It took me a half hour to learn push hands.
And now the question becomes,
how can I get somebody else to learn that fast?
Well,
I had matrixing,
but it is more than that.
Matrixing allows me to align the data,
makes it easy to understand and apply.
But what we are talking about here
is a filter
a person puts in front of himself
to slow or control the flow and input of data.
The key ingredient here
is to enable trust to occur.
To not beat somebody up,
to not get in the game of fighting,
to not let the student erect barriers and filters.
Once I understood what I was trying to do
it became incredibly easy.
The reason I was able to was simple,
I actually wanted to teach.
I didn’t want to fight.
I wanted to learn.
That was the core of my genesis.
So I came up with the freestyle methods I use,
and they were easier than two years of bone bashing bruises,
and they didn’t allow for people gaming people
over who was better.
Key to this method was one simple datum.
Don’t fight,
teach.
When I freestyle with a guy who has NO experience,
my directions are simple.
‘I want you to slowly strike me,
and teach me how to block.’
This one simple command
opens the door.
It reverse ALL the gamesmanship of fighting,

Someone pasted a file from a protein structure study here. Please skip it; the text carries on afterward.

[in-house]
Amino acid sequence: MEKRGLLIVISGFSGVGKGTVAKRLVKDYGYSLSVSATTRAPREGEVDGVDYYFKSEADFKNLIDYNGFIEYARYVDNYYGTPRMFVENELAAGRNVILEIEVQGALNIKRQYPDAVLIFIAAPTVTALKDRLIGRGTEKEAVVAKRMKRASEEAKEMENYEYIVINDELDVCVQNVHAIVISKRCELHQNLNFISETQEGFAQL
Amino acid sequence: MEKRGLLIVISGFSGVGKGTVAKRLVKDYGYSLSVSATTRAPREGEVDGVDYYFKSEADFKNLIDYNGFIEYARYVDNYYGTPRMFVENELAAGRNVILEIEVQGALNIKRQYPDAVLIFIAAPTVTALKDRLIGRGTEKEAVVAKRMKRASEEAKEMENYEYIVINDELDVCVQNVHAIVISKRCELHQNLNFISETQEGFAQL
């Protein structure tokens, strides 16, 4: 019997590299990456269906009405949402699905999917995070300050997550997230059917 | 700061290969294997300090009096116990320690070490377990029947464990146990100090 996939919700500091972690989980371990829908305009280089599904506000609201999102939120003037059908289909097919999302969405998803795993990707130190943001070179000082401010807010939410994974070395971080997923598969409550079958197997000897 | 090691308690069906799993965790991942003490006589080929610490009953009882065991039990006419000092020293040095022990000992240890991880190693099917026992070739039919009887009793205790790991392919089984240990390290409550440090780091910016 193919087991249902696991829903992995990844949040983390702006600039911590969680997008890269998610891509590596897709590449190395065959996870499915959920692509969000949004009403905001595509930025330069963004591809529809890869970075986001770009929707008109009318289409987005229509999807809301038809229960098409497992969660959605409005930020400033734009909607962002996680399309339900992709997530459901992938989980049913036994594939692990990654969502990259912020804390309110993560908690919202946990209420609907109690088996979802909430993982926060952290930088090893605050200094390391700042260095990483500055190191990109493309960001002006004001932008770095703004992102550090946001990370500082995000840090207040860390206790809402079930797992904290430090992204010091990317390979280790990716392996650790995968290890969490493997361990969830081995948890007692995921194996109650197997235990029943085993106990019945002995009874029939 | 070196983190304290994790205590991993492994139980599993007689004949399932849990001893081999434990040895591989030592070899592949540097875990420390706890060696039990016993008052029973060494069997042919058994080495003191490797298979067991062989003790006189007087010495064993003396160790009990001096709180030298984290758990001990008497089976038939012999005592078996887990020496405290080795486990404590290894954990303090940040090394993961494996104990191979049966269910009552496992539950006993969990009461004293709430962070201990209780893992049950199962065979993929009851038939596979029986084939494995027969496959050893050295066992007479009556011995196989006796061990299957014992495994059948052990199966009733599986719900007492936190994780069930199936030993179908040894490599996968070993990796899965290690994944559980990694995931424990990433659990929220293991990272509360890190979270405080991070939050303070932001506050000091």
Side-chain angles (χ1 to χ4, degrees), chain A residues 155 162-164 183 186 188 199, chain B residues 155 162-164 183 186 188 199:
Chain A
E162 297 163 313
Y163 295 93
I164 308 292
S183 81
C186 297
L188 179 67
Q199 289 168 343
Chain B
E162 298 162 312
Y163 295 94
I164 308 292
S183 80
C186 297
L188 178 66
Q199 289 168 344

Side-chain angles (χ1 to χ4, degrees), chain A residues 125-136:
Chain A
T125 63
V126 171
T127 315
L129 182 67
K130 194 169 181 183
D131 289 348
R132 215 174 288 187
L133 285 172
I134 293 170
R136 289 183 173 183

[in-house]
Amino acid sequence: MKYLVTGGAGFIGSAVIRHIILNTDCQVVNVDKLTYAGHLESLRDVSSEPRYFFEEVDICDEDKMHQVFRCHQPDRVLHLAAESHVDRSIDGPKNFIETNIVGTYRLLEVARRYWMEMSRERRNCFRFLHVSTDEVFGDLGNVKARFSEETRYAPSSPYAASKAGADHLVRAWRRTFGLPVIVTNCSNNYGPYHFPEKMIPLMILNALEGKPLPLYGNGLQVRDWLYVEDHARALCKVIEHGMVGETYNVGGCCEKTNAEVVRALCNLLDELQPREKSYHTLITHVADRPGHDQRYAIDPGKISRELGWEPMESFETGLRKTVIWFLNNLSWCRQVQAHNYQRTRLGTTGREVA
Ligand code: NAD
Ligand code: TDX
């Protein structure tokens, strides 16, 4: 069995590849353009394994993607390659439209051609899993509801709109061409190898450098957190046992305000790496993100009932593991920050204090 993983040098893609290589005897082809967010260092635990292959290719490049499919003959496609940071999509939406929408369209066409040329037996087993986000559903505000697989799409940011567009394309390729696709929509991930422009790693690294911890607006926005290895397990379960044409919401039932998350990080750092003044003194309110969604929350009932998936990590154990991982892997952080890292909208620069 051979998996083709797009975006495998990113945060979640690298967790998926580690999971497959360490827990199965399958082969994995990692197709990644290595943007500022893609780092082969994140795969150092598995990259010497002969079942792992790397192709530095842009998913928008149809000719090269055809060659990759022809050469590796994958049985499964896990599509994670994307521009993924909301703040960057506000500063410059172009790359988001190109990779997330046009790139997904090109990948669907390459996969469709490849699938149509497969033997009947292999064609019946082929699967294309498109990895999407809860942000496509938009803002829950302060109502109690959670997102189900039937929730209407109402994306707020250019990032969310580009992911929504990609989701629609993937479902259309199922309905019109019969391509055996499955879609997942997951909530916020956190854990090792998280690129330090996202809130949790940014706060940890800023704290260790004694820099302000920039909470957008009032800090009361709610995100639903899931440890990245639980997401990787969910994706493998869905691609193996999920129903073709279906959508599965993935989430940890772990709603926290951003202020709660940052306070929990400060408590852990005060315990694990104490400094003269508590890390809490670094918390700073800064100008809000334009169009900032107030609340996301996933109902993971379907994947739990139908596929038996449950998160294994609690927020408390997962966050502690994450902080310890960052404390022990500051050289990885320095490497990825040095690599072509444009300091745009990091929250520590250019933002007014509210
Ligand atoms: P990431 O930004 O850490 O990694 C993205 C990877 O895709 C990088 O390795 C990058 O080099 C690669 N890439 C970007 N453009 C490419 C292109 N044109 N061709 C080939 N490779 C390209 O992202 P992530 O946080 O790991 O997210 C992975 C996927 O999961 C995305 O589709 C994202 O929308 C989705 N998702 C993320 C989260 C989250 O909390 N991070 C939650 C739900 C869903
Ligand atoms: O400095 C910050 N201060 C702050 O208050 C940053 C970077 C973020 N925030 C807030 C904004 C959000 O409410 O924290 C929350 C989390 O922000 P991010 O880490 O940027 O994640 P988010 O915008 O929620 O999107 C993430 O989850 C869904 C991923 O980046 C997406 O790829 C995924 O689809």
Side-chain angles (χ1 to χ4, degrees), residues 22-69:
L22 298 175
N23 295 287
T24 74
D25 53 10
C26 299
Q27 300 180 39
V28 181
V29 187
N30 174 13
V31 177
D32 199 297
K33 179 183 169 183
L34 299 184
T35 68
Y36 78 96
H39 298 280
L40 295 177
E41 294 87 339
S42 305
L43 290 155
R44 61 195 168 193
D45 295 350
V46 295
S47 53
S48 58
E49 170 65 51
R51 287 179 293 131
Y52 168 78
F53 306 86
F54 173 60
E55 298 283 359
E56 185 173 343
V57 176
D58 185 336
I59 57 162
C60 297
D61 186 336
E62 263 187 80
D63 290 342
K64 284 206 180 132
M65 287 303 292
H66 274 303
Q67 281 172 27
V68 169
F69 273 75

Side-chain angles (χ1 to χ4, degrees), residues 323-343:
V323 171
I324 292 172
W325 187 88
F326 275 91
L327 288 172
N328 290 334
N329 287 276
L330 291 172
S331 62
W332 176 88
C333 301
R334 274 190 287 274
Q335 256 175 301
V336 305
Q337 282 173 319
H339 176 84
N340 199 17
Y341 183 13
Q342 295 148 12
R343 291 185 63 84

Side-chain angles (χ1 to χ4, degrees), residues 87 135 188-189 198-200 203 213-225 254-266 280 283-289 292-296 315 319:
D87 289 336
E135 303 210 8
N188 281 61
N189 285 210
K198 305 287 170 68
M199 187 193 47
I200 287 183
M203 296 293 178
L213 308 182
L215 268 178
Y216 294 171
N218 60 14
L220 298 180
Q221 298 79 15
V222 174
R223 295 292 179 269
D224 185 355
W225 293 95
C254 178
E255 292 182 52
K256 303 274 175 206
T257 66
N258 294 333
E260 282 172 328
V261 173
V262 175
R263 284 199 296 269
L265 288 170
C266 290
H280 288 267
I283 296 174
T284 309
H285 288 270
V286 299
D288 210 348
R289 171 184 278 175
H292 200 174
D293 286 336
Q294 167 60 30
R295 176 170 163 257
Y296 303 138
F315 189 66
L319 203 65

and makes the student
from the first second on the mat,
take the viewpoint and attitude of a teacher.
He becomes a person giving,
instead of a person taking.
Take a look at the pictures of the old masters,
the ones not posing grimly,
but laughing,
smiling,
loving life.
They got over fighting,
got into sharing their knowledge,
and they ended up smiling.
Not firm jawed talk of respect,
but knowing grins and laughter.
And that is what real freestyle training should be.
And,
if it was,
the world would be a kinder place.
Here’s the URL for Rolling Fists.
It is just one of the methods I use,
an advanced method for black belts,
but anybody can use it.
If you want to outgrow the need for beating people,
and get into the joy of real instruction,
of actually sharing the unique art that is you,
try it.
Okey dokey,
time to go out and work out,
so don’t forget that URL
And I will talk to you later.
Al
 Roman Emperor and all around good guy Marcus Aurelius said…
Conceal a flaw, and the world will imagine the worst.
I found it interesting, because if you conceal a flaw, your concealment becomes a blank spot, and the world will wonder, and imagine the worst, about that blank spot. After all, if you’re concealing something, it must be bad, right?
Okey donkey, who said this gem…
An intellectual is a man who takes more words than necessary to tell more than he knows.
how to fight